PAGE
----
Lobbyists for radical “humane” groups steering national policy

Amanda Radke for BEEF Daily

Holly Spangler recently wrote for BEEF’s sister publication, Farm Progress, a blog post that really hit home for me. Titled, “Tired, but making a difference,” Spangler talks about the tough year so many of us in production agriculture have experienced in 2019, and she shared hopes for 2020.

Spangler writes, “If there’s any theme to the conversations I’ve had with farmers this fall, it’s that everybody’s tired. Tired of fighting the weather, the year, the markets. Let’s get this crop over with and start fresh in 2020.

“Those conversations are what I thought of as I listened to an energetic young National FFA officer give his retiring address last month. Ridge Hughbanks observed that it seems like everybody’s tired these days. Then he dropped a profound bit of wisdom on his fellow FFA members: ‘The world is run by people who are tired. Anybody who is doing anything worthwhile is bound to be exhausted. So get used to it.’

And while farmers and ranchers are at home trying to hang onto their family operations, their livelihoods and the rural lifestyle they hold so dear, there are crocodiles in the swamp ready to pounce and make us their next meal.

In Washington, D.C., activists and lobbyists have been busy working hard to infringe upon our personal liberties and freedoms as property owners of land and livestock.

What do I mean by this? Well, get a load of some of these recent pieces of legislation that are being considered in Congress.

First, there’s the Wildlife Corridors Conservation Act of 2019 (S. 1499), which is endorsed by the Humane Society of the United States.

Essentially a land and water grab, Protect the Harvest reports, “The Wildlife Corridor Conservation Act, S. 1499 was introduced to the Senate May 16, 2019. Its sponsors are the usual cast of animal rights characters, many of whom are HSUS ‘award winners,’ Udall, Booker, Harris, Merkley, Wyden, Blumenthal, Sanders, Whitehouse, Tester and Feinstein.

“There is a related bill, H.R. 2795, introduced on May 16th, of which a summary is in progress. H.R. 2795 has been referred to the House Committee – Natural Resources, Agriculture; Armed Services; Transportation and Infrastructure.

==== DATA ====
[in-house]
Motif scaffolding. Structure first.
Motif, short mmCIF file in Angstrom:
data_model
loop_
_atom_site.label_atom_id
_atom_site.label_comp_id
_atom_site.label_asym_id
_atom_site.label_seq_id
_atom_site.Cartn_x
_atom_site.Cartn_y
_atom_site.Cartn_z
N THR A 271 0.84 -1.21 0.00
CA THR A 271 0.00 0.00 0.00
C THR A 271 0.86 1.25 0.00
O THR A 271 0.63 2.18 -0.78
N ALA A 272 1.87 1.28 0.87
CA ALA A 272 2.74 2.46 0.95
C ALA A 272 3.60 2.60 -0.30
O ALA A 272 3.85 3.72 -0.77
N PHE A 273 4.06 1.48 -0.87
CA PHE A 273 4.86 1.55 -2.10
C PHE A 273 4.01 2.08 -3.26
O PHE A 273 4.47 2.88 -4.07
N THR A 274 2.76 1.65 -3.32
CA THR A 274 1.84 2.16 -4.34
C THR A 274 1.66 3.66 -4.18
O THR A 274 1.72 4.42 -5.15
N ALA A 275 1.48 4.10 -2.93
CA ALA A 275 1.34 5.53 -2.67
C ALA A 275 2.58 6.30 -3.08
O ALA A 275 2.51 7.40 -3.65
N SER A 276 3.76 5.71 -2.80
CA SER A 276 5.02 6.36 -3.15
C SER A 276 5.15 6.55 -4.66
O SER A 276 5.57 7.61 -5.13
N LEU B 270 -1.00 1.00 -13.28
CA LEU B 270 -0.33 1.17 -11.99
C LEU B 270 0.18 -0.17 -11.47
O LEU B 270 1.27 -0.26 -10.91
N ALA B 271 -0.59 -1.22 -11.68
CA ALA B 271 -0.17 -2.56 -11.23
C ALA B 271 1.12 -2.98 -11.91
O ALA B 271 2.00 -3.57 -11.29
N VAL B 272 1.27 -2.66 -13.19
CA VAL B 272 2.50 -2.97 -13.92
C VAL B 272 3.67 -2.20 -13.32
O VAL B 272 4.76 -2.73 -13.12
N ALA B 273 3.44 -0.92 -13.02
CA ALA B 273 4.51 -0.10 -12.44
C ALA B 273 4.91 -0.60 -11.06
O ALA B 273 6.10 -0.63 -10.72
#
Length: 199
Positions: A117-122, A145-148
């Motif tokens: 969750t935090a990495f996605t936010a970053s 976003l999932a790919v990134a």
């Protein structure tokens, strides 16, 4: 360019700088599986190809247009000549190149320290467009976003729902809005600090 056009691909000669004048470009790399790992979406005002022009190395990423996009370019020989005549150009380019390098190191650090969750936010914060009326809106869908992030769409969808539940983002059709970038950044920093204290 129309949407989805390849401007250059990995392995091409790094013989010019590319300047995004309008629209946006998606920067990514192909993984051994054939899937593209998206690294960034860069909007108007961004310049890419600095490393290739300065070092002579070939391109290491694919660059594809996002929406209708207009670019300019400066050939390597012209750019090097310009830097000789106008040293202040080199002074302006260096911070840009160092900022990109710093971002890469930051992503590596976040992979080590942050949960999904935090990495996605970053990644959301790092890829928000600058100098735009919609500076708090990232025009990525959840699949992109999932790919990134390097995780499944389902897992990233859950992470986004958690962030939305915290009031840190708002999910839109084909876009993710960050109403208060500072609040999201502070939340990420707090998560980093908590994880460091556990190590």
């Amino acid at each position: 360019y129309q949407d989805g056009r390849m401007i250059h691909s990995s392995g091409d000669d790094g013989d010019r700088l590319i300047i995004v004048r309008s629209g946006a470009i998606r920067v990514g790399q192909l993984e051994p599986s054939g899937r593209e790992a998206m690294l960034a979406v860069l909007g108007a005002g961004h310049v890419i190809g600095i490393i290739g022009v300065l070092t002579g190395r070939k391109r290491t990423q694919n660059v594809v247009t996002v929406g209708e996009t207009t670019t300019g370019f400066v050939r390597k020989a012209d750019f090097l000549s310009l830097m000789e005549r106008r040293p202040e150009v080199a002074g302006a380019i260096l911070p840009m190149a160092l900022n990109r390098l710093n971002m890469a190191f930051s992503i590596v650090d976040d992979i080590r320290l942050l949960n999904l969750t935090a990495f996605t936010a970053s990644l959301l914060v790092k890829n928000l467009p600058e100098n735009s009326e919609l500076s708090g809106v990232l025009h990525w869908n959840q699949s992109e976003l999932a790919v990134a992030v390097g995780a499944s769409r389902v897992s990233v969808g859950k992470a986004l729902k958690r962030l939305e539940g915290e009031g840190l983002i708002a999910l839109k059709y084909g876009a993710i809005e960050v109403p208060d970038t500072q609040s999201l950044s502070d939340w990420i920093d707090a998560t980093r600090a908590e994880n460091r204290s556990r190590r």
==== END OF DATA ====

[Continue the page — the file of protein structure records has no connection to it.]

“The summary of the Senate Bill S. 1499 reads as follows, ‘To establish National Wildlife Corridors to provide for the protection and restoration of certain native fish, wildlife, and plant species and for other purposes.’

We have a very important question. What does the bill mean by the statement, ‘for other purposes”? This seems to be left intentionally vague so that it may be manipulated and enforced at will. There is a lot to this bill, and we will just be covering some of the key points. We encourage everyone to read it and to follow the referenced codes to fully understand its implications.”

Get the details on this act and its implications by clicking here.

A second cause for concern is the Preventing Animal Cruelty and Torture (PACT) Act. On the surface, the act appears to be preventing the taping of animal abuse for marketing, advertising, distribution or circulation.

To me, it reads as a way to prevent animal rights activists from going undercover and purposefully abuse animals with the intention of releasing the footage on social media. This tactic has been used for years to hurt agricultural businesses and line their own coffers through good-hearted donors spurred to action by the abuse they are witnessing online.

See the original post on BEEF Daily here